As traditional means of communication continue to change and people seek information in faster, easier-to-digest ways, infographics continue to grow in importance. What does this visual demand mean for your job search? One recent resume trend has seen the typical resume format transformed into a creative visualization of the data.
For those of you seeking an alternative to the traditional resume, here are five pros and cons to consider before creating an infographic resume (learn more about Brazen.me infographic resumes, like the one pictured, at www.brazencareerist.com).
Pro - They are interesting to read.
Con - They are new, and when people are receiving hundreds of resumes, information needs to be quick and easy to read. On a traditional resume, people know to look at the bottom of the page for education and publications and the top for your most recent employment. There is not necessarily a logical top or bottom of a page of an infographic resume.
Pro - They can clearly show how your work has progressed over time.
Con - They make it difficult to determine what you accomplished where.
Pro - Some infographic resume formats make it easier to highlight your years of experience more clearly than on a traditional resume, using numbers rather than the reader needing to add the years you worked in each position on a typical reverse chronological resume. Vizualize.me—a service that converts your LinkedIn profile to an infographic resume—provides these types of formats.
Con - The same formats can highlight gaps in your resume and downward progressions that you can minimize in an accomplishment-driven resume.
Pro - The variety of formats and colors enables a job seeker to personalize his or her resume, matching a target company's logo colors or creating a more specific personal branding image using shapes and colors as one might use font choice in a text-only resume.
Con - Using too many colors and shapes can be just as distracting as using more than one font and a variety of formatting options on a traditional resume.
Pro - Using a trendy and new format can show a potential employer that you can adapt and are informed about new technologies.
Con - Candidate management systems aren't yet built for trendy, and you need your resume to be easily input into an HR department or placement agency's system.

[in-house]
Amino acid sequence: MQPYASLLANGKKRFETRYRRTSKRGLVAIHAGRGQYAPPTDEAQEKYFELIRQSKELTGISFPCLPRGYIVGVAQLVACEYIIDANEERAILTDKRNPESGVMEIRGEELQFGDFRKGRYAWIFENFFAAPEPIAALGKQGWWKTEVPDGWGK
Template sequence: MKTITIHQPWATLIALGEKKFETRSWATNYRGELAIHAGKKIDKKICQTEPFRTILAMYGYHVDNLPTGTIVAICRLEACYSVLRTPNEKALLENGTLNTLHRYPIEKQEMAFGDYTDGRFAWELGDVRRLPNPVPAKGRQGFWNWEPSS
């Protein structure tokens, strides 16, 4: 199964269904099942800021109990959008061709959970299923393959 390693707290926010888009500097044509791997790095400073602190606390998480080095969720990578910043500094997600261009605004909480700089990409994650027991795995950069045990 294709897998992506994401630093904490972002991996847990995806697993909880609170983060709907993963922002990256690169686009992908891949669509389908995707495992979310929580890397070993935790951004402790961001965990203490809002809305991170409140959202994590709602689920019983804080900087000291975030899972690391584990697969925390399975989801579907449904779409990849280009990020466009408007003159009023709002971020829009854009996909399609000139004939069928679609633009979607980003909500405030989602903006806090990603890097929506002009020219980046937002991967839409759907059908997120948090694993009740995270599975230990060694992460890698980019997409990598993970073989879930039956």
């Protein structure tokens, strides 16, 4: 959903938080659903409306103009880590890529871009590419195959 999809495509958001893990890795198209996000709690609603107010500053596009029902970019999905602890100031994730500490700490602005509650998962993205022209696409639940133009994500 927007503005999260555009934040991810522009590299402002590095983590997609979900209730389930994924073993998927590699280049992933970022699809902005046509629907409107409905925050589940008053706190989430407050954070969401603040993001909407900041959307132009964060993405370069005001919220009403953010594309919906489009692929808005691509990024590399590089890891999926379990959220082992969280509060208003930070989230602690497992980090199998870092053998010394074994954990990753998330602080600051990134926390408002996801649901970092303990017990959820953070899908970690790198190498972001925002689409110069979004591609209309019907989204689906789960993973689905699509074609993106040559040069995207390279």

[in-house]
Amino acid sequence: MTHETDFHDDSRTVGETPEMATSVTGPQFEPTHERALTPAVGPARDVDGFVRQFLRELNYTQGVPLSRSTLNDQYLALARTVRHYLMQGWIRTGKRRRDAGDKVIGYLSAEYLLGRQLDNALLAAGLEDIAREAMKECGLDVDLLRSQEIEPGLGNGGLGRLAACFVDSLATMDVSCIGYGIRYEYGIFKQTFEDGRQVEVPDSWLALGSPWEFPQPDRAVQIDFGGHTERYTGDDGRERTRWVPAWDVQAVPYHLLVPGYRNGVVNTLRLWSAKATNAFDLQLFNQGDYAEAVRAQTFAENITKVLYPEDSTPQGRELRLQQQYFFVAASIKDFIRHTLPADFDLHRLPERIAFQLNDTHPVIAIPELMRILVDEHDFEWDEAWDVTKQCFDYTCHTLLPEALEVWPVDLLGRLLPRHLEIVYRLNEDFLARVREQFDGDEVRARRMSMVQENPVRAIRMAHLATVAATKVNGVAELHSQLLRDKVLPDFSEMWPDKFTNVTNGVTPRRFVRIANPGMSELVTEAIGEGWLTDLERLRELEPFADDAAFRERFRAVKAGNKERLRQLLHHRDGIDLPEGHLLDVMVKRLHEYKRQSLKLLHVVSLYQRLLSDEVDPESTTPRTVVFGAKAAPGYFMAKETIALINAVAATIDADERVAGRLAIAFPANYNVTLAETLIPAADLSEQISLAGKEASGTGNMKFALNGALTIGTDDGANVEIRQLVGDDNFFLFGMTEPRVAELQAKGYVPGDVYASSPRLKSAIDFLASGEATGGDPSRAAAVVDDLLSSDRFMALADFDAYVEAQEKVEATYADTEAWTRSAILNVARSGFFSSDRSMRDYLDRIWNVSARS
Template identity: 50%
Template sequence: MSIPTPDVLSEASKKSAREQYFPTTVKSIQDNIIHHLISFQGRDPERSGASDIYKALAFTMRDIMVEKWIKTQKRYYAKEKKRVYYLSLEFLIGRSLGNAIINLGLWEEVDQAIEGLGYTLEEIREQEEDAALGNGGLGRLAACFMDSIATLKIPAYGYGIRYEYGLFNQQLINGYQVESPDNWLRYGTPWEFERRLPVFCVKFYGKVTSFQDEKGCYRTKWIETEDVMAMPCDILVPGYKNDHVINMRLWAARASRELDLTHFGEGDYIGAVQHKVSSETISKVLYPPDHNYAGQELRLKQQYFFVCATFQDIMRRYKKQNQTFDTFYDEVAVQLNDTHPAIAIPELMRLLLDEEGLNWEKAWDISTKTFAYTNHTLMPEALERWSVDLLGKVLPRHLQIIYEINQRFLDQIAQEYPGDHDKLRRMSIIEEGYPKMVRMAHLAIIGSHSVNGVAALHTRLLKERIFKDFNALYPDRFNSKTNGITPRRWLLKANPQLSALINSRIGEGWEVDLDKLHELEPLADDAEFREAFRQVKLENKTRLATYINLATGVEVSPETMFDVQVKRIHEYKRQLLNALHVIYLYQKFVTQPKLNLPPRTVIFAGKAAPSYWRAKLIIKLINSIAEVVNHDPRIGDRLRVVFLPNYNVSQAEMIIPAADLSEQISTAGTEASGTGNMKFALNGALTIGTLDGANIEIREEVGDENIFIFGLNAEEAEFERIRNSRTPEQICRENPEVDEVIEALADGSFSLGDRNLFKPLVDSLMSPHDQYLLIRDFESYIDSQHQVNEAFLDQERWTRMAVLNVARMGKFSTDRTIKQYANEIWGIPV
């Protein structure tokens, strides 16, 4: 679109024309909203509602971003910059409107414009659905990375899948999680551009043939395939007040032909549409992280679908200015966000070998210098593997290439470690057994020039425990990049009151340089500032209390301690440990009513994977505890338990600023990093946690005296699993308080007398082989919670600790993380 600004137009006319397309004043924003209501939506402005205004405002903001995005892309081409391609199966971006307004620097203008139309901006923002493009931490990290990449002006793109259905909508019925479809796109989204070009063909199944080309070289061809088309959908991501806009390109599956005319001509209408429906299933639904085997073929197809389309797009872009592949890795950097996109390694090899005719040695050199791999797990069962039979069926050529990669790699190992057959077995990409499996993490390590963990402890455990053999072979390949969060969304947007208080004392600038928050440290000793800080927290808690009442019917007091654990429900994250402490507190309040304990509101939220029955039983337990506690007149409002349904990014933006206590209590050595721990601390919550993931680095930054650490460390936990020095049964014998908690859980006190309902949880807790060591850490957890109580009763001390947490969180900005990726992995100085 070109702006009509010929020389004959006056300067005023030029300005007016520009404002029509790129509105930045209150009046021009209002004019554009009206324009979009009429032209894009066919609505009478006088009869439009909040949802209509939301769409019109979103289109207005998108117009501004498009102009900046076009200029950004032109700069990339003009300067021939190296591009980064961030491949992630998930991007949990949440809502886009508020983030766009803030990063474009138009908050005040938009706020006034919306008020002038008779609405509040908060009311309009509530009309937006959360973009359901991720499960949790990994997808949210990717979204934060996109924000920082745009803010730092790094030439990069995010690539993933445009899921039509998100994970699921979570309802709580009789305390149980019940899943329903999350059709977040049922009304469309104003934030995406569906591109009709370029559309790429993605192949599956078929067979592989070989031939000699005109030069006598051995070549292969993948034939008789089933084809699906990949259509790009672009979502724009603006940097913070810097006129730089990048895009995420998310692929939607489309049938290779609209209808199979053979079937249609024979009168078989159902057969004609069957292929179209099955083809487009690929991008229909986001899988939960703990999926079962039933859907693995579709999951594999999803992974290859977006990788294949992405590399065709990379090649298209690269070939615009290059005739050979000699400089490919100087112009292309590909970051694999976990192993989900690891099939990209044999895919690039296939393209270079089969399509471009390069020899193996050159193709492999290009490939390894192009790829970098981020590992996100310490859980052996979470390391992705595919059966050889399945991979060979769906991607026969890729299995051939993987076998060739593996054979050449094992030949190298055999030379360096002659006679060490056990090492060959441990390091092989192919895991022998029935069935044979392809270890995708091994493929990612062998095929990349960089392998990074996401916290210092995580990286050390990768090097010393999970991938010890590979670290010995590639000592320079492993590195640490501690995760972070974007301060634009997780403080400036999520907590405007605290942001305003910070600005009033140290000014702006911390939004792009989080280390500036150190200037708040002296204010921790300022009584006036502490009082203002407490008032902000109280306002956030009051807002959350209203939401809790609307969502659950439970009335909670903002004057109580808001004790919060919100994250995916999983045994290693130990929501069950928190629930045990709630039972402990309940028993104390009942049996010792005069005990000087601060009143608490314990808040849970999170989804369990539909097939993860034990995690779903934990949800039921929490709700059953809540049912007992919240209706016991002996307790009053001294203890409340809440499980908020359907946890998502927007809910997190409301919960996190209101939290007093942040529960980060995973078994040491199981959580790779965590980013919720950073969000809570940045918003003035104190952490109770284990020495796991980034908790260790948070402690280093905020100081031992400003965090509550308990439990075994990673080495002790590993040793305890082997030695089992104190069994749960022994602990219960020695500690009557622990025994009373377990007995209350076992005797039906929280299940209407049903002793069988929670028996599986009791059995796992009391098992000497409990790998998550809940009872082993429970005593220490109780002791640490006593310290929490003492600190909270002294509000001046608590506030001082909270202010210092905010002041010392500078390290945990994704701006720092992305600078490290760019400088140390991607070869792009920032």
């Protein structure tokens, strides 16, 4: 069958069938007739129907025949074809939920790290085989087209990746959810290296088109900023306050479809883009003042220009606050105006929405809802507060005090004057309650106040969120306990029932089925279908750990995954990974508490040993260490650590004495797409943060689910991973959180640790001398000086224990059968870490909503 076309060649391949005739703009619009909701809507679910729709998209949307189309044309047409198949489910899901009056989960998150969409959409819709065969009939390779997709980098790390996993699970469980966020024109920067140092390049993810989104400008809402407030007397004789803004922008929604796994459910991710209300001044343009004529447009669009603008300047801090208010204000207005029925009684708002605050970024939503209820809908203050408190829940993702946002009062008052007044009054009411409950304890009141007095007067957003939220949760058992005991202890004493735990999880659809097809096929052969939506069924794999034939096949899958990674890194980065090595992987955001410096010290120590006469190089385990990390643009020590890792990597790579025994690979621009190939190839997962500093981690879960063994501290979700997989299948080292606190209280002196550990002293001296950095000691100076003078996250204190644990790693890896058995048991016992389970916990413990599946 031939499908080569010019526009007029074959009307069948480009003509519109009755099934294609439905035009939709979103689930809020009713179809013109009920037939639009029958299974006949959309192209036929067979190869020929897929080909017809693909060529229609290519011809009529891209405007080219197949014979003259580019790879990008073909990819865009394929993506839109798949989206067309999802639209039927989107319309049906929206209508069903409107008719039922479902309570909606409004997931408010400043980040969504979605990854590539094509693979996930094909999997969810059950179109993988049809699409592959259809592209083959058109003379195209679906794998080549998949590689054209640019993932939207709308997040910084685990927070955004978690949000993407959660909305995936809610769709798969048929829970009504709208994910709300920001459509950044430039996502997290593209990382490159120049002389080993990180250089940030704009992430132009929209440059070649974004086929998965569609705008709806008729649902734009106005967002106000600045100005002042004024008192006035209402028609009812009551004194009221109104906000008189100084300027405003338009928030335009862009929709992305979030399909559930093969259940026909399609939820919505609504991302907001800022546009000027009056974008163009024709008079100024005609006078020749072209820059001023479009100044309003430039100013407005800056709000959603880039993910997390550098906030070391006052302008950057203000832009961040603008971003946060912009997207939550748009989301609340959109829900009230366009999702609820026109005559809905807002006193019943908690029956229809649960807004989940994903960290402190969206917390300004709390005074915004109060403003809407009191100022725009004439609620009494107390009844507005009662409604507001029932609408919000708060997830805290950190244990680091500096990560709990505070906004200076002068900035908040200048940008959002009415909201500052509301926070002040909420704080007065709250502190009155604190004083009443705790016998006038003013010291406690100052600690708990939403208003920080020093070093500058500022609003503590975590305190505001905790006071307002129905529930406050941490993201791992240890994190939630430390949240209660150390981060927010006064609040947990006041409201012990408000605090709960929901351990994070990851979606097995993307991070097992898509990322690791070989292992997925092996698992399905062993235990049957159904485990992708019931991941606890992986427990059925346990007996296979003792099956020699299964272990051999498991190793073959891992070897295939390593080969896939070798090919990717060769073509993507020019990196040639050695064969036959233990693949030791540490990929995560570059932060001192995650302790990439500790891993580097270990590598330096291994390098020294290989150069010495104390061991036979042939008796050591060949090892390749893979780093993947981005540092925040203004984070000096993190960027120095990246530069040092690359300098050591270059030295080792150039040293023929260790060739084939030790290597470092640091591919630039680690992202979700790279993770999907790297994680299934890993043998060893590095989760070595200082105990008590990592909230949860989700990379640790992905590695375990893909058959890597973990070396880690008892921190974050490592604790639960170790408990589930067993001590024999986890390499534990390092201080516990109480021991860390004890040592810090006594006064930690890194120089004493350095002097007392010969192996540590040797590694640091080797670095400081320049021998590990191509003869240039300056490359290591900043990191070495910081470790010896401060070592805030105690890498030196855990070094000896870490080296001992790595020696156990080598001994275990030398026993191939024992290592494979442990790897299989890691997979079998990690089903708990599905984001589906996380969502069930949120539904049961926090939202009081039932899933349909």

There is definitely room for the infographic resume in a job search. But, a potential employer’s desk may not yet be that place— some people will always prefer to read text, and the infographic resume is just a bit too new for most people. In a few years, however, new types of resumes may be the norm in certain industries. In other fields, like the law and academics—where the ability to write clearly and concisely is valued—infographic resumes will most likely not catch on.
One way to incorporate an infographic resume in your search is to use it as a self-assessment tool. It can give you perspective that basic text cannot. Plus, charts are fun and watching them change over time creates a dynamic way to view your career trajectory.
For an example of an infographic resume, view my visualize.me resume: vizualize.me/JessicaSilverstein
-- Jessica Silverstein
Jessica Silverstein is the Principal of Attorney’s Counsel, “a career counseling service that focuses on resume and cover letter review as well as interview skills assessment and social media consulting.” A graduate of Brandeis University and Brooklyn Law School, Ms. Silverstein worked in Holocaust restitution and women’s health products liability before entering the field of legal recruiting and career counseling. Ms. Silverstein serves as the Chair of the Law Student Perspectives Committee at the New York City Bar Association, Co-Chair of the Brandeis Alumni Lawyers Network and Co-Facilitator of the Social Media Affinity Group at In Good Company Workplaces.
Attorney’s Counsel offers resume review and career counseling globally with most services, aside from interview skills assessments, available online. Attorney’s Counsel offers an initial 15-minute resume review via telephone for new clients. You can contact Attorney’s counsel via its online form or via telephone.
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